In addition to working on the school bond task force and acting as student advocacy volunteers, MISD students helped lead town hall presentations. Throughout their campaign, MISD’s goal was to prioritize and exemplify transparency and collaboration. “There was no secrecy,” Morrison elaborates. “We were sharing everything that we were thinking in real time. We shared the need; we shared the data; we asked our community what they thought. And a third of those presentations were led by students.”
“It was definitely intimidating during the first couple of meetings, trying to get the hang of things,” says Kyler, a junior at Lake Creek High School. “But it was good because I’m pretty connected in the community and I knew a lot of the people who were there, so it was easier to speak up.” The firsthand experience of students was invaluable to the campaign. “As a student, I can see how crowded our hallways are,” says Kyler. “We’re over capacity, and being able to walk around the hallways, you can tell it’s super crowded. I was able to share this experience with the group.”
And it’s in those very hallways that students like Kyler continued to advocate for the school bond. They connected with students who were of voting age and encouraged them to vote “Yes” on Election Day. “We had a high participation rate of students voting in that bond,” Morrison says, “and that’s directly attributed to the leadership of our students.”
Cline, a student advocate and junior at Lake Creek, said that when he decided to serve on the bond task force, he was thinking about his younger brother and sister. “I love my school district very much,” he says, “and when they told me about the opportunity, I remembered the bond they had in 2015. That’s when they built the high school I go to now, so I knew it was a big deal.” For Cline, advocating for the bond is how he can make sure his siblings will love their district, too: “It leaves something behind for them.”
Use marketing strategies to empower your advocates.
You can’t count on every advocate to be a natural at bond campaigning. For some, this may be the first time they’ve even heard of a bond. But with a few strategic marketing approaches, you can ensure that all your advocates have the right information and enthusiasm to become vote-generating powerhouses in your community.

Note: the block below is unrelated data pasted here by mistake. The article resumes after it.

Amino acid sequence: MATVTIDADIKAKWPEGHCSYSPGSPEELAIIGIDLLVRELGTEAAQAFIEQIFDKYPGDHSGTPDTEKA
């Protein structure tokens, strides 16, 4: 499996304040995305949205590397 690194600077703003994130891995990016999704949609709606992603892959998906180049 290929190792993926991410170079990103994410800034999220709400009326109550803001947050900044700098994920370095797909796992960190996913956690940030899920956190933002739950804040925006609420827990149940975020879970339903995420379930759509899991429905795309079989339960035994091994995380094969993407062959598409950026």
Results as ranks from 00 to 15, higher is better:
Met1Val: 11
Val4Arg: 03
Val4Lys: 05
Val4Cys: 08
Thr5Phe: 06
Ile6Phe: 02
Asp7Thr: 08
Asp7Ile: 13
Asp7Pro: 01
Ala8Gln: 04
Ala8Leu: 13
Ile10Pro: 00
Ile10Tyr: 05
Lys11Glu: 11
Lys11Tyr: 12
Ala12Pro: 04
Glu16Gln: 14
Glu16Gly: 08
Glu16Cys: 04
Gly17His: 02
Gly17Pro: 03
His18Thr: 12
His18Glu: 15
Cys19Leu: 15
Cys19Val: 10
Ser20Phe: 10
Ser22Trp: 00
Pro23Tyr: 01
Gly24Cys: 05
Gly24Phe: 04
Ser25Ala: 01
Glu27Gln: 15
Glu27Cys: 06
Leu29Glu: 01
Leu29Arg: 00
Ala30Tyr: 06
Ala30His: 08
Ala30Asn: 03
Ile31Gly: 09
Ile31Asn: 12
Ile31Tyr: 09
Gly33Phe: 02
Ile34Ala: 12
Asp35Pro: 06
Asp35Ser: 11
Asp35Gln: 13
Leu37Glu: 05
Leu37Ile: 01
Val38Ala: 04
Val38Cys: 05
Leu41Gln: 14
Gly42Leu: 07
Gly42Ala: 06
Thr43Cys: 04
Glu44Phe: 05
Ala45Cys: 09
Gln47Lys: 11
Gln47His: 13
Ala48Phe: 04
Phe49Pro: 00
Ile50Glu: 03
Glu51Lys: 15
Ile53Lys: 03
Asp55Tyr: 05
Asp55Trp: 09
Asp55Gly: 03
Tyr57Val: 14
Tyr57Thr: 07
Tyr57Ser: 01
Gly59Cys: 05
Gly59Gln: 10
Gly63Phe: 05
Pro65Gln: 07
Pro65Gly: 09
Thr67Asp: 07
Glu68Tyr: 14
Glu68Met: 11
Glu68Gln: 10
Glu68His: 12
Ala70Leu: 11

Identify the best language to communicate your message.
Having lots of community buzz about your school bond election is great; it means people are interested and listening. However, the more people are talking, the more potential there is for confusion or misinformation. In order to keep everyone on the same page, it’s important to identify a core message, as well as specific language to communicate that message effectively.
In Missouri, “Friends of SPS did a benchmark survey to figure out what the likely voter cared about,” Lehnert says. “Then we honed in. We knew for sure that safety and security would get people to the polls—so all of our messaging focused on that.” What does your community care about? How can you tailor your message to best connect with their needs?
Once you have your message settled, it’s also important to identify the specific language that both the district and your advocates will use to talk about the bond. For example, Friends of SPS recognized the importance of their community understanding that they were proposing a no-tax-increase bond. They didn’t need to explain the intricacies of how that type of bond works; simply returning to the phrase “no tax increase” proved effective enough.
Meet your audience where they are.
While it’s important to invite your community into the district, it’s equally important to go beyond the walls of your schools to meet your stakeholders where they already are. Keep in mind: Local community groups like realtors, Rotary Clubs, and chambers of commerce may not have direct ties to your district, but likely support your schools on principle. Now is the perfect time to leverage those personal connections. Why not offer to give an informative presentation at each of these organizations? By keeping influential groups in the know, you’re increasing the likelihood that your core message will make its way into the community—and that your voters will make their way to the polls.